Over the long run, the stock market has posted huge gains. But sometimes, you want to bet against certain investments. Thanks to inverse ETFs, you can profit from a decline more easily than ever.
Yesterday, I took a look at how leveraged ETFs let people amplify their gains from making correct bets on the direction of particular markets like gold and oil. Unfortunately, tracking error and the slippage inherent in leveraged bets tied to daily returns make such ETFs dangerous for long-term investors. However, although the popularity of leveraged ETFs has overshadowed their less risky counterparts, simple unleveraged inverse ETFs can actually be quite useful for investors.
Losing your shorts
When you think a stock's going to go up, the easy way to profit is to buy it. But knowing what to do when you expect a stock to drop is a little harder. Of course, if you own it already, then the obvious move is to sell it. But what if you don't own the stock and want to make some money anyway?
Bearish investors have a number of choices. One possibility is to sell shares short. Short-selling involves borrowing shares from your broker and then selling them on the open market. At a later point, you buy back the shares and return them to your broker. If the share price falls, you'll have money left over -- which is your profit. If the stock rises, though, you'll have to come up with extra money to buy back the shares and thereby suffer a loss.
But there are problems with short selling. You can't always find shares to short, especially among stocks that are favorite bearish bets. And even worse, short selling is essentially prohibited in a retirement account. Although more sophisticated methods involving put options are available, they can get complicated in a hurry. For a long time, retirement investors had no easy solutions when they wanted to bet against a market.
Inverse ETFs opened the door to short positions in retirement accounts. By buying inverse ETFs, which themselves use swaps and futures contracts to get the exposure they want, you'd have an investment that went up when a target index went down and vice versa. For instance, to bet against the Dow or S&P 500, you could turn to the ProShares Short Dow30
Most people, though, didn't stop there. When you look at the relative sizes of ETFs, you'll see that leveraged inverse ETFs typically have far more in assets than their unleveraged cousins. ProShares UltraShort Dow30
That risk-taking mentality makes sense for short-term traders. For instance, when the housing bust was at its peak in 2007, ProShares UltraShort Real Estate
Why use inverse ETFs?
So when can inverse ETFs come in handy? Basically, any time you'd want to sell an index or sector short, an inverse ETF can give you similar exposure. Here are some possible uses:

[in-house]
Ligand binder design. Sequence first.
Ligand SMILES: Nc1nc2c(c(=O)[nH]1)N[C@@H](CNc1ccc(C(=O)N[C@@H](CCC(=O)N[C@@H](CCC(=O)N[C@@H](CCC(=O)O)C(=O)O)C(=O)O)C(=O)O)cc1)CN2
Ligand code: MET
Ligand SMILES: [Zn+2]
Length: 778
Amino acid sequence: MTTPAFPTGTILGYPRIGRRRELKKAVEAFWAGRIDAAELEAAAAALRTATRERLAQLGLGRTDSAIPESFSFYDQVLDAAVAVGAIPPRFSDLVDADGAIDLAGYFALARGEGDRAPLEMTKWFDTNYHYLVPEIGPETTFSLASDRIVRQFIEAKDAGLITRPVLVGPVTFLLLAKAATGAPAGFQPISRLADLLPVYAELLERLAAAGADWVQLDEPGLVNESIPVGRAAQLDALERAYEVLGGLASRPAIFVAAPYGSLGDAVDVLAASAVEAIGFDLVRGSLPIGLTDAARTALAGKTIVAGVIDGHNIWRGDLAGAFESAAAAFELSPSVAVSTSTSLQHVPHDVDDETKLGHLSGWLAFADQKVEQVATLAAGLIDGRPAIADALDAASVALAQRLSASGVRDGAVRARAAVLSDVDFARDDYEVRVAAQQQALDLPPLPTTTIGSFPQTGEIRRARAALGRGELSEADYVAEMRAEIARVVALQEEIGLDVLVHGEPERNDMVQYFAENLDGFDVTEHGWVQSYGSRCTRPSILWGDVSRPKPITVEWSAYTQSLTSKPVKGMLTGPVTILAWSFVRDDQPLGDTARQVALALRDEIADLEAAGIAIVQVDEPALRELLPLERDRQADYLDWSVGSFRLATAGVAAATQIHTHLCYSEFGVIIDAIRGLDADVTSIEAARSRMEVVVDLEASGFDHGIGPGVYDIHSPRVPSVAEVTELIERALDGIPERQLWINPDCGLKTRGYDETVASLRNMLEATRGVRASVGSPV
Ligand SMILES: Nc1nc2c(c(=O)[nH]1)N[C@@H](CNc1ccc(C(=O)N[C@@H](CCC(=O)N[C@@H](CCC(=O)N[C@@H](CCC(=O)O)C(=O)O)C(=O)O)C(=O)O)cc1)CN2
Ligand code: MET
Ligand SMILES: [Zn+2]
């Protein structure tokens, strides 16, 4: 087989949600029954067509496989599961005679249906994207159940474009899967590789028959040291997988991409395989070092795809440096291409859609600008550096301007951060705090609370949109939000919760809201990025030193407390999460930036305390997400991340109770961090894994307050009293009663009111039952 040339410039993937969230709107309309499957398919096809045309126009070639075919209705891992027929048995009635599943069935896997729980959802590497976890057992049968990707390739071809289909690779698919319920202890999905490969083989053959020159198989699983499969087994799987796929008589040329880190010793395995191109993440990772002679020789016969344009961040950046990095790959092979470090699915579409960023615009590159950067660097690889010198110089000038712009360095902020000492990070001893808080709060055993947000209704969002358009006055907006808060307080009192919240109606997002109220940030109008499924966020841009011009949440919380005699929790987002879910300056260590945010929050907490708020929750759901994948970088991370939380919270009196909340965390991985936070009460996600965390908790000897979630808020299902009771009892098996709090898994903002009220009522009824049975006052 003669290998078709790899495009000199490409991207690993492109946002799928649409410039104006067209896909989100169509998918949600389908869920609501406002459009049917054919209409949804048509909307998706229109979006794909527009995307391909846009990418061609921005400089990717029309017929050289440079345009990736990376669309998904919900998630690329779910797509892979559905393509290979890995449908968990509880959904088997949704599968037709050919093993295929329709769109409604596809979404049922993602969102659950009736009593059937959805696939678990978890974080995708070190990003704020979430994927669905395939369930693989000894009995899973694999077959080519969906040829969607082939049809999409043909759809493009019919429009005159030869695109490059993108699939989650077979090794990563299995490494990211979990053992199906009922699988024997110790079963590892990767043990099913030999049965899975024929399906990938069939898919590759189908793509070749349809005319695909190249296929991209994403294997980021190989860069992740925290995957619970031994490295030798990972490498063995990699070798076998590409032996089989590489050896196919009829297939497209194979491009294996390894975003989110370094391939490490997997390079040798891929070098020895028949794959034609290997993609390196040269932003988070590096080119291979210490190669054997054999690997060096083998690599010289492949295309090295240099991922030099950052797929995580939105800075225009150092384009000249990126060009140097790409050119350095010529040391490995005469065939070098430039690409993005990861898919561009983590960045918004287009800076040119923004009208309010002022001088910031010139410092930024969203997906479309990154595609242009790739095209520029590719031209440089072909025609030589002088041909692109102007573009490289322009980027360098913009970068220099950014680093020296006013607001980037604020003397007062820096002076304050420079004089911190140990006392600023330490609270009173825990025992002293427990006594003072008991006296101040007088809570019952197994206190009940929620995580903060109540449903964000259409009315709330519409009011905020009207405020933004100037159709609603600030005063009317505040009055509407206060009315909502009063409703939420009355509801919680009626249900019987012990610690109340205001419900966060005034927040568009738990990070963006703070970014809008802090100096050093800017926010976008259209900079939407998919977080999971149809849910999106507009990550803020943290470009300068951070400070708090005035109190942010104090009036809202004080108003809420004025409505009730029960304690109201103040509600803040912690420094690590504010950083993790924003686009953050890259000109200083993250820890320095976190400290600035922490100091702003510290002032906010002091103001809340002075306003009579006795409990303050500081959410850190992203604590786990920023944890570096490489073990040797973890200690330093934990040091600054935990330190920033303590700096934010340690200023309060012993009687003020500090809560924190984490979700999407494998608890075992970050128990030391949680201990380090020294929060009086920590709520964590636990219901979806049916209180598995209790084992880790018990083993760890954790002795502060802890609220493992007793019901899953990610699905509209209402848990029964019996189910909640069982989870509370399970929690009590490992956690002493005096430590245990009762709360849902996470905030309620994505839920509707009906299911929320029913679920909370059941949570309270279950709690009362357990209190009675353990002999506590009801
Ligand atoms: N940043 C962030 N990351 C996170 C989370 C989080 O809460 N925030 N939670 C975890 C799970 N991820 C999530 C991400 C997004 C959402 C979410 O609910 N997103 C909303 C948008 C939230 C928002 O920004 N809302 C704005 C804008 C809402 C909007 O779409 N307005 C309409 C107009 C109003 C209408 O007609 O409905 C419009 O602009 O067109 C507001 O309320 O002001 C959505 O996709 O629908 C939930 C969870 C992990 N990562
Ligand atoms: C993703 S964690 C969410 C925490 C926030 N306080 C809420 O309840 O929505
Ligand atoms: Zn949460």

- To play a short-term decline. If you think short-term problems are ahead but don't want to disrupt your core portfolio -- whether for tax reasons or just convenience -- you can trade in and out of an inverse ETF easily.
To hedge a bet on a superior stock. Even the best stocks can fall when bad news hits the whole market. But you can protect against that by doing a paired trade with a stock and an inverse ETF. For instance, if you think that small-cap Capstone Turbine
(Nasdaq: CPST)will succeed in revolutionizing small-scale power generation with its microturbines but think the entire small-cap universe is overpriced, buying shares of the inverse ProShares Short Russell 2000 (NYSE: RWM)would give you a hedge against general market risk, letting you focus solely on whether Capstone can outperform the benchmark.
Inverse ETFs aren't perfect. They have higher fees than the rock-bottom expenses of most long-only index ETFs, and their use of derivatives can create tracking error even without leverage. But as a way to bet against markets that you can use anywhere, they're worth considering.
Leveraged ETFs have made many people leery of all ETFs that bet against the market. But unleveraged inverse funds can actually serve a valuable purpose. If you ever need a bet against a particular market, take a closer look to see whether inverse ETFs might be the right way to play.
Fool contributor Dan Caplinger turns to Charlie Munger's inversion advice quite often. He doesn't own shares of the companies mentioned in this article. The Fool owns shares of and has written covered calls on ProShares Short S&P500. Try any of our Foolish newsletter services free for 30 days. We Fools may not all hold the same opinions, but we all believe that considering a diverse range of insights makes us better investors. The Fool's disclosure policy has a lever that can move the world.